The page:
From April 1, 2022, the rules surrounding the use of red diesel change. From this date only vehicles and machinery used in agriculture, horticulture, fish farming and forestry can run on red diesel. Sectors such as construction, mining and quarrying, ports, manufacturing, haulage (for transport refrigeration units on lorries), road maintenance, airport operations, oil and gas extraction, plant hire, logistics and waste management will all have to switch to white diesel, which, of course, attracts duty at a much higher rate than red.
The government says that by removing most red diesel entitlements, it will help to ensure that the tax system incentivises users of polluting fuels like diesel to improve the energy efficiency of their vehicles and machinery, invest in cleaner alternatives, or just use less fuel.
This will help it get closer to reaching its Climate Change targets on emissions.
Government figures state that red diesel accounts for around15% of all the diesel used in the UK and is responsible for the production of nearly 14 million tonnes of carbon dioxide a year.
Red diesel is so-called because it is marked with red dye to prevent its misuse in road vehicles.
The changes next April mean all traces of red diesel have to be removed from tanks and supply lines for businesses in the affected sectors by the April 1st deadline. That means getting ready now as there is no grace period.
If vehicles and machinery are found with red diesel markers after April 1, they could be seized and any trace of red dye in road diesel could lead to prosecution. Operators will all be expected to run down their red diesel stock in time for the deadline and also allow time for flushing tanks and supply lines.
Some petrol forecourts – typically in rural locations –currently sell red diesel and with the changes coming next April, may need to think about whether continuing to do so is worthwhile.
The Garner Group has red diesel at one of its sites – the award-winning Woolmer Service Station in Bordon, Hampshire. Director Tim Garner says: “We have a lot of building companies around here so a lot of construction vehicles as well as a lot of farming vehicles.
“Before we re-opened our Woolmer site, we got in touch with some of the local plant hire companies and found that we could sell red diesel for less than them and still make a reasonable margin, so we did.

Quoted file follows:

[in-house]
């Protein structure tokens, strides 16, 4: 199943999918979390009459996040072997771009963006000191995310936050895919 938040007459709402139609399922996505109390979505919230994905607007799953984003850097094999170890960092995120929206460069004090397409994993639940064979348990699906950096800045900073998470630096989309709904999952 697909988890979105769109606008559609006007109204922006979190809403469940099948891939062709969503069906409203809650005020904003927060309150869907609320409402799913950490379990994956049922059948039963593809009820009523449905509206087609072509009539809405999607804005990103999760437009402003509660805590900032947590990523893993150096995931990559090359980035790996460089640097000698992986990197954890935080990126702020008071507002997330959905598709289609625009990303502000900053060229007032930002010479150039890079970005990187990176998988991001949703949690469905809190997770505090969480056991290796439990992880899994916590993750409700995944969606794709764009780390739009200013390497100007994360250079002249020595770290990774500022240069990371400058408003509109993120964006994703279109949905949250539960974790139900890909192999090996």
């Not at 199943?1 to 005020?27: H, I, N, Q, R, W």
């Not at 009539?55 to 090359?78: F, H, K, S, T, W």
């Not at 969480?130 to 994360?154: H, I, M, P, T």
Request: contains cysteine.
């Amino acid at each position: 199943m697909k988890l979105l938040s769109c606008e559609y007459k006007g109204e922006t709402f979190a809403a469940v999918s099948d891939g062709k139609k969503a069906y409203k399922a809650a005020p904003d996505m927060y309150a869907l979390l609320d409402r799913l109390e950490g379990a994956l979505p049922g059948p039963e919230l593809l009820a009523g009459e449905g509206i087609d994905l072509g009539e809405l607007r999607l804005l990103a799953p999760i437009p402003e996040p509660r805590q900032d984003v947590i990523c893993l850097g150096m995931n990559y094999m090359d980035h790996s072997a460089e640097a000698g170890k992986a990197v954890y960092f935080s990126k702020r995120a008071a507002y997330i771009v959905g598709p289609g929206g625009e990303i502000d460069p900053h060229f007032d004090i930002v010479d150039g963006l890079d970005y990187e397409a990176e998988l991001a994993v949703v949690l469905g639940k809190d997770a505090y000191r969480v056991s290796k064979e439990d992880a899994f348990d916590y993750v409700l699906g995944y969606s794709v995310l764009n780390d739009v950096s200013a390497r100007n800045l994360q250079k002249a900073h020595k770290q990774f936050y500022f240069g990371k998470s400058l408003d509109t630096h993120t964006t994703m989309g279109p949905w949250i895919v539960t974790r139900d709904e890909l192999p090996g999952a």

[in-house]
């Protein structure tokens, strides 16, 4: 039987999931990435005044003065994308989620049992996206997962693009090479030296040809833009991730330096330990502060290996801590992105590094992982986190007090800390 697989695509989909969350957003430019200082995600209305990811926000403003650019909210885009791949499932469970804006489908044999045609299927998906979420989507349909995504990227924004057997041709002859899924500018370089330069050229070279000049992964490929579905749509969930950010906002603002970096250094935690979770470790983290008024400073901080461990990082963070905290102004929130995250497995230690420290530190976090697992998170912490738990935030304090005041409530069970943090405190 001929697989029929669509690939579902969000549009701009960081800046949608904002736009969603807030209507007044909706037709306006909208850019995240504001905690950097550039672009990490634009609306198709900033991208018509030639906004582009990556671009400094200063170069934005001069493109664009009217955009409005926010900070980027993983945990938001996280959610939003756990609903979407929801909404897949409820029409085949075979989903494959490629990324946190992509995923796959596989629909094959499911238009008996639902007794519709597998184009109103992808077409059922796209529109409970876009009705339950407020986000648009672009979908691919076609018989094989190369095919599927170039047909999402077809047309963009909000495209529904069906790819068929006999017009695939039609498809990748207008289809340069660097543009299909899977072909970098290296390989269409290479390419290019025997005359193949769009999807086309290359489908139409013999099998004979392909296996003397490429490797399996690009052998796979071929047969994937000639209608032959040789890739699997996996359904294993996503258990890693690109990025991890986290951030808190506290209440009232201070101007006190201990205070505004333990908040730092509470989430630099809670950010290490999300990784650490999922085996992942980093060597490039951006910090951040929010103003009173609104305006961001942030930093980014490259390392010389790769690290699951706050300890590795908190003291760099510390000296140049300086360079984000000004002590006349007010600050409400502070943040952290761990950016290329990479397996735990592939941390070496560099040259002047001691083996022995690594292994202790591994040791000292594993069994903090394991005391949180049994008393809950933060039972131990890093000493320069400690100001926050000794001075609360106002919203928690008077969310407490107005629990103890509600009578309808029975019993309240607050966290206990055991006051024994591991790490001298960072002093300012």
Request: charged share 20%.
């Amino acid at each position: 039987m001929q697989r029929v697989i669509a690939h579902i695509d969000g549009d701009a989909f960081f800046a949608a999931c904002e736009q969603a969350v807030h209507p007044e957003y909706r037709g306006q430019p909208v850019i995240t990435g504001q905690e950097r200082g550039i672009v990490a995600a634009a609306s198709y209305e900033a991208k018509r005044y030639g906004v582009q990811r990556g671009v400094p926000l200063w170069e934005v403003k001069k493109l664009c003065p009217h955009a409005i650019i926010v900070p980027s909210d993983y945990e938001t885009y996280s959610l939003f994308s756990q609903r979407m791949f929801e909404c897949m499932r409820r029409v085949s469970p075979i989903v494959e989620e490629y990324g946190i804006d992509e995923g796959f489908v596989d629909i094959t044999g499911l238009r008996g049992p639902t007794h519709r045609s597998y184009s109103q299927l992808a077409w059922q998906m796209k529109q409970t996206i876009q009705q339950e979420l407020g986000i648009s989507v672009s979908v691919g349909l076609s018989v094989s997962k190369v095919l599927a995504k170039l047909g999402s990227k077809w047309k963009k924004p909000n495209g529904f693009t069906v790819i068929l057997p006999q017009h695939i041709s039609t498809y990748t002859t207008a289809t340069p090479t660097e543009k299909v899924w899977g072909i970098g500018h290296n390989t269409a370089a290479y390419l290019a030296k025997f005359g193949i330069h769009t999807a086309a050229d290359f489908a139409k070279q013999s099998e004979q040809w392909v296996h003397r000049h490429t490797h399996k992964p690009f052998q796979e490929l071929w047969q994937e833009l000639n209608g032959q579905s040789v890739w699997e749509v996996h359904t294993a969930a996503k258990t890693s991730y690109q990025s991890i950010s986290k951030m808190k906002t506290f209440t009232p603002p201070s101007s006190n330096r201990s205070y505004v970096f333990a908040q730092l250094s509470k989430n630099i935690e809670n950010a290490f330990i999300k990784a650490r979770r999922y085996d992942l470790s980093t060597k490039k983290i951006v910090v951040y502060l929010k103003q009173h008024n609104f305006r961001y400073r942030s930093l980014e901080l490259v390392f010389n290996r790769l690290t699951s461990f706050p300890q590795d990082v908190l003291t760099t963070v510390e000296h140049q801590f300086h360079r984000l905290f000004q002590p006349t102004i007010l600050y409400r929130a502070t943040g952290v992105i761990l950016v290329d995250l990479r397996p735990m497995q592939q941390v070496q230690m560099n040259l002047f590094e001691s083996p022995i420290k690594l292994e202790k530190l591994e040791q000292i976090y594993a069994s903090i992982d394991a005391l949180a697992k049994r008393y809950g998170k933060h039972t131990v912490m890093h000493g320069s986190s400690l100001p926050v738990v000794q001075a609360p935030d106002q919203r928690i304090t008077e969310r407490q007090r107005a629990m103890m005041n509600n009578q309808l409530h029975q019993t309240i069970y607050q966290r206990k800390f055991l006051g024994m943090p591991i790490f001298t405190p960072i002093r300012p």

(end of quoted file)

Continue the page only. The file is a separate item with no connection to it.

“When the changes happen next year we will have to monitor the situation closely. It’s possible that we will stop selling red diesel and convert the pump to AdBlue. That would make sense for us as at the moment we only sell AdBlue in containers but we will wait and see.”
Meanwhile, the PRA (Petrol Retailers’ Association) has issued the following advice to retailers who have red diesel pumps on their sites:
• any switch to white diesel will require a major clean to remove all traces of red dye
• any switch to petrol will require the tank to be bottomed and cleaned. In addition, before the first delivery of petrol into that red diesel tank, retailers need to check the tank is included on their PetroleumStorage Certificate or they will need to request a new certificate from thePetroleum Enforcement Authority.
If the tank is included on the current certificate there is no need to notify the Authority. The vent for the new petrol tank will need to be connected to the vapour recovery system and the tank included in the forecourt’s wetstock control management system.
Finally, all tanks must be re-labelled showing the type of fuel and maximum capacity.
Edward Wheeler, Group Managing Director, says: “Underground storage tanks can be upgraded to store AdBlue using our Fastliner bladder tank lining system, although new pipework and pumps will need to be installed because AdBlue is corrosive to mild steel.
“Alternatively, retailers could start selling hydrogenated vegetable oil (HVO) as an alternative fuel for red diesel users.This would still require tanks, pipelines and pumps to be cleaned out.
“Another alternative could be to use red diesel systems to store and dispense E85, which has significant environmental benefits.”